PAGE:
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Field Diary

By Mougabe Koslengar, Water, Sanitation, and Hygiene Specialist, UNICEF

IDLEB, 18 October 2013 – As we drive through the countryside of Syria’s north-west Idleb governorate, we pass many villages devoid of life. I see buildings riddled with bullet holes and holed by shells. Part of an apartment block has collapsed.

I am part of a UN mission that took place earlier this month to assess the humanitarian situation in Idleb, in particular the city of 1.5 million people, where it is estimated that up to 70 per cent persons have been displaced from the surrounding countryside. With me are colleagues from the other United Nations agencies including the World Food Programme, the UN Refugee Agency, the International Organization of Migration.

Further on, a concrete overbridge lies broken and tangled, but we are able to nudge by.

One look at OCHA’s “humanitarian snapshot” map of Syria for September tells the story very starkly. On this map, almost the entire governorate of Idleb is coloured light orange, signifying clash areas between January to July of this year. A few darker blobs indicate clashes in August. The map also shows that an estimated 430,000 people are in need in the governorate. Many families have been displaced by the fighting to neighbouring Lattakia governorate, have crossed the border with Turkey, or live in makeshift camps near the border.

Although UN supply convoys have been able to get through the fighting and be distributed by local partner organisations, this was one of the few times in the past two years that it was considered safe enough for UN staff to travel to Idleb. The mission represented an opportunity to talk to partners directly and discuss ways to increase humanitarian assistance.

Residents were happy to see us, but surprised that we had made it through: “How did you manage to get here?” was a common question.

In contrast to the rural areas, the parts of the city I saw looked normal, with no damage to buildings. People moved around and there was a bustling market like in any city.

The city’s infrastructure is creaking, however, due to the huge influx of displaced families.

The mission team visited two shelters, one at a sports stadium and the other at a school. Each hosts up to about 40 families. The community members organise cleaning services and the local authorities provide support, but the shelters were not built for people to live in – they are far from comfortable and there is little privacy. There are few toilets and bathing facilities, with up to six families sharing a single toilet.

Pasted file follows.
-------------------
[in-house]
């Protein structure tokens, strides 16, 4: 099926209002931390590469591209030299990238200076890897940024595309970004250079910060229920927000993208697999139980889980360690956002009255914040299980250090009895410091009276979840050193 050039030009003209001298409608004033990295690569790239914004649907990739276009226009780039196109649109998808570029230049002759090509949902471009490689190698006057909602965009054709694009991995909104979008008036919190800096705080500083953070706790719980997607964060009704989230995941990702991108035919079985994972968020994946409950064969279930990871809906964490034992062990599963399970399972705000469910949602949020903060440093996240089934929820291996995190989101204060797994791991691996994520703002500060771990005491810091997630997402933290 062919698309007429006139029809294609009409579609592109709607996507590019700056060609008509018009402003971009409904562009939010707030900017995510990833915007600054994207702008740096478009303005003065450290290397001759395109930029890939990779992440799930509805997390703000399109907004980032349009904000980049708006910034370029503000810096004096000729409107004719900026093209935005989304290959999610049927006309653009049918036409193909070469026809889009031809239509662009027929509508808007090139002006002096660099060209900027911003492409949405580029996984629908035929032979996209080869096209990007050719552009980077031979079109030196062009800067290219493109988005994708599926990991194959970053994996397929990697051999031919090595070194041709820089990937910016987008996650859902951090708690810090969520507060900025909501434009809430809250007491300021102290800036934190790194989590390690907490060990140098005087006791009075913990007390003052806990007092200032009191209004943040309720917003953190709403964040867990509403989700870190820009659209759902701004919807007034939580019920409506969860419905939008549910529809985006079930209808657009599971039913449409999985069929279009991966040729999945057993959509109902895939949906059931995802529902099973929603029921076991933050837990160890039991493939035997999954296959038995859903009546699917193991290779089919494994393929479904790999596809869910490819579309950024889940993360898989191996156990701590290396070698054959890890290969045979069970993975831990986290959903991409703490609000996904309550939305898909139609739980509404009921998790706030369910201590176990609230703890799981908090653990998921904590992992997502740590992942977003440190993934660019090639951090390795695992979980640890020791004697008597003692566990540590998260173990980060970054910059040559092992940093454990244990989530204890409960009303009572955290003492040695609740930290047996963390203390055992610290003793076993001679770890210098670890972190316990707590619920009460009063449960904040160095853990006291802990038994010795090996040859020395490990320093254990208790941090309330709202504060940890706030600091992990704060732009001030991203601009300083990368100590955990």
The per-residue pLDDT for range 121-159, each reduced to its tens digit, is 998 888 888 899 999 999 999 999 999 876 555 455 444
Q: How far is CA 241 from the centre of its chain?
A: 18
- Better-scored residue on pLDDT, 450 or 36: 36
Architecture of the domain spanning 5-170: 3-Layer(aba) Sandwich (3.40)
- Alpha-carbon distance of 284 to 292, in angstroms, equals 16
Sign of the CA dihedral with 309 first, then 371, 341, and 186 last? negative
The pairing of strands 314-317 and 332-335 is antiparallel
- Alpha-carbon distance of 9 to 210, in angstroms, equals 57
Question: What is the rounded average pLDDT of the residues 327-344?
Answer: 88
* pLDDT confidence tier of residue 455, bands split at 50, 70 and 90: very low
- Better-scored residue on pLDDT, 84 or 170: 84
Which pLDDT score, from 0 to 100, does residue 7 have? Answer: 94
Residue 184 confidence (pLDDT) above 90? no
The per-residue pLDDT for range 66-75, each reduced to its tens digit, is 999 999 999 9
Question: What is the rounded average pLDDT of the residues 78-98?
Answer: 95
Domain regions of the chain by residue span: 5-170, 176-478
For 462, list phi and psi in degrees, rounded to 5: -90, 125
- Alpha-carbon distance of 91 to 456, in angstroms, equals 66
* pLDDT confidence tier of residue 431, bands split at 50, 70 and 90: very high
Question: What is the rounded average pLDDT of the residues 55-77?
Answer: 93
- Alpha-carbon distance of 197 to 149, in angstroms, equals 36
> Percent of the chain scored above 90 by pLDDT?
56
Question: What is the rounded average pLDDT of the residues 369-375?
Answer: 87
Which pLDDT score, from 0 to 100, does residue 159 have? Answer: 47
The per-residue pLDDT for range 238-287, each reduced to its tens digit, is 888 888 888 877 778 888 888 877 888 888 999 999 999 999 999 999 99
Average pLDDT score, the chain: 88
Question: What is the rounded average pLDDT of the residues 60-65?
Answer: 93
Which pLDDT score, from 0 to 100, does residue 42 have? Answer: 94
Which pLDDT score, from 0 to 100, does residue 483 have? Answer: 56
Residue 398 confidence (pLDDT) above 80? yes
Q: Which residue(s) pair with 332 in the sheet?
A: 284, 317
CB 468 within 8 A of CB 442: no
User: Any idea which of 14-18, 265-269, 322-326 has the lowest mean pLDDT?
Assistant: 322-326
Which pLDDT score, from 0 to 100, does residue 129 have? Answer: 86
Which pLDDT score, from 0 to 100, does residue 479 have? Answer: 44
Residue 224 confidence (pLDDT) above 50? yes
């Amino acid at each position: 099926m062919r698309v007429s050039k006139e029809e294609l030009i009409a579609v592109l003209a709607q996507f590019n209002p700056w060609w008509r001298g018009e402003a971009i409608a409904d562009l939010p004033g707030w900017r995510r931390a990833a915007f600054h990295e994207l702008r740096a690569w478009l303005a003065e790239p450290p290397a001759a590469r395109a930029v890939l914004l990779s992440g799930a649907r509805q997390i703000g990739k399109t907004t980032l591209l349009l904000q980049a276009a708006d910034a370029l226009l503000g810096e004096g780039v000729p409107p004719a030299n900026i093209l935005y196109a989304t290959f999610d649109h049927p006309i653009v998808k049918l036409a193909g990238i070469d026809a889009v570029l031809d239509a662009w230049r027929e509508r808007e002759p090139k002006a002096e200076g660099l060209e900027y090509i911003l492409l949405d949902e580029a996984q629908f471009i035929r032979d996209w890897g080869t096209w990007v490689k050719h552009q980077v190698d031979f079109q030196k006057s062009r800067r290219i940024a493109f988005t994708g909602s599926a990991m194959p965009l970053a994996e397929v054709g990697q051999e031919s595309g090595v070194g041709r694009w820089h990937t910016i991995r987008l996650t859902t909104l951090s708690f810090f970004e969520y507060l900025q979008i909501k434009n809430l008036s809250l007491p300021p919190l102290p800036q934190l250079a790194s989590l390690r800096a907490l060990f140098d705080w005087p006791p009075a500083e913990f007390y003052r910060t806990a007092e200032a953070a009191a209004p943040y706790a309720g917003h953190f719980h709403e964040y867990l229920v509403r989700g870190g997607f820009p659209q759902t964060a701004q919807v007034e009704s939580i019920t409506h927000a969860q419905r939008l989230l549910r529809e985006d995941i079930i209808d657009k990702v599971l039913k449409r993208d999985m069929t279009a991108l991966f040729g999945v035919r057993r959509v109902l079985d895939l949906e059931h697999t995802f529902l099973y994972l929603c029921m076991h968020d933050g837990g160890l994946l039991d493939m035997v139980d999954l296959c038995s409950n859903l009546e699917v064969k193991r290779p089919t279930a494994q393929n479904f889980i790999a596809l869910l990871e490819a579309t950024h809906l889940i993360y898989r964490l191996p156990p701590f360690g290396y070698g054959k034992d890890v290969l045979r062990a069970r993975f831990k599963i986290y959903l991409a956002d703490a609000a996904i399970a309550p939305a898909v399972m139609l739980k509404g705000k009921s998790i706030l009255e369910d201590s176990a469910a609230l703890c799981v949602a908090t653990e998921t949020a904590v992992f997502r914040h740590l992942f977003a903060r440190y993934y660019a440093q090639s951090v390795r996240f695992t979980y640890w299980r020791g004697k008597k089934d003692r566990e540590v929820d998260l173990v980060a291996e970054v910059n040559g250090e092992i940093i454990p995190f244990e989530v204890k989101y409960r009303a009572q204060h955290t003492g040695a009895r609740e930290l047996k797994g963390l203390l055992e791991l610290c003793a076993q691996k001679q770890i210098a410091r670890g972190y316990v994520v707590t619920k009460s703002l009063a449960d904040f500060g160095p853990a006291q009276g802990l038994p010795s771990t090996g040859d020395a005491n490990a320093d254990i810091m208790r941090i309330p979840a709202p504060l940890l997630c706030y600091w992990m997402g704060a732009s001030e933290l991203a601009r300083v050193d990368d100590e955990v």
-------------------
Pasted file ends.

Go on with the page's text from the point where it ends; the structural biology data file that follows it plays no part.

Health care services are also limited, with only one functioning hospital in the city. UNICEF’s partner the Syrian Arab Red Crescent (SARC) runs two clinics providing essential medical services, including a mobile clinic servicing the shelters. Diarrhoea and upper respiratory tract infections were reported to be common in children, as was lice.

UNICEF recently provided more than 2,100 family hygiene kits, 6,200 baby hygiene kits, 369 first-aid kits, and 200 boxes of Permethryn shampoo. A cold room has also been provided to support local vaccination services, which are able to continue almost normally.

The city water system is functioning, and UNICEF and ICRC provide tons of chlorine to the water authority. UNICEF has also provided five large water storage tanks, water pumps and generators.

In rural areas, where water networks have broken down, people have little option but to dig traditional wells, relying on untreated water. A typhoid outbreak occurred last month in the north-west of the governorate, with 345 cases reported during the second half of September. Although information is patchy at best, any outbreak is treated extremely seriously. Preventative measures are essential to stopping the spread of potentially contagious disease. UNICEF has recently provided 200,000 aqua tabs for household water purification.

Although the garbage collection system is still operating and the streets look clean, there is a hidden menace. All five of the city’s sewage treatment plants are out of order. Instead of being treated, the sewage is simply dumped, which causes environmental pollution and potential contamination of ground water.

I saw many children going to school carrying their UNICEF school bags, of which tens of thousands have been distributed in the governorate, but not all children are able to get to school. Of the 1,500 schools in Idleb governorate, education authority figures show that more than 1 in 3 schools are either completely out of service due to damage or are used to shelter displaced families. A further 350 schools are partially operational, with some of the school space used as a shelter.

Parents I spoke to during the mission pointed to the need for winter clothing for their children as a top priority. UNICEF has provided 7,400 blankets, 3,000 children’s winter sweaters, and 700 sets of children’s clothing, but much more is needed as winter approaches.

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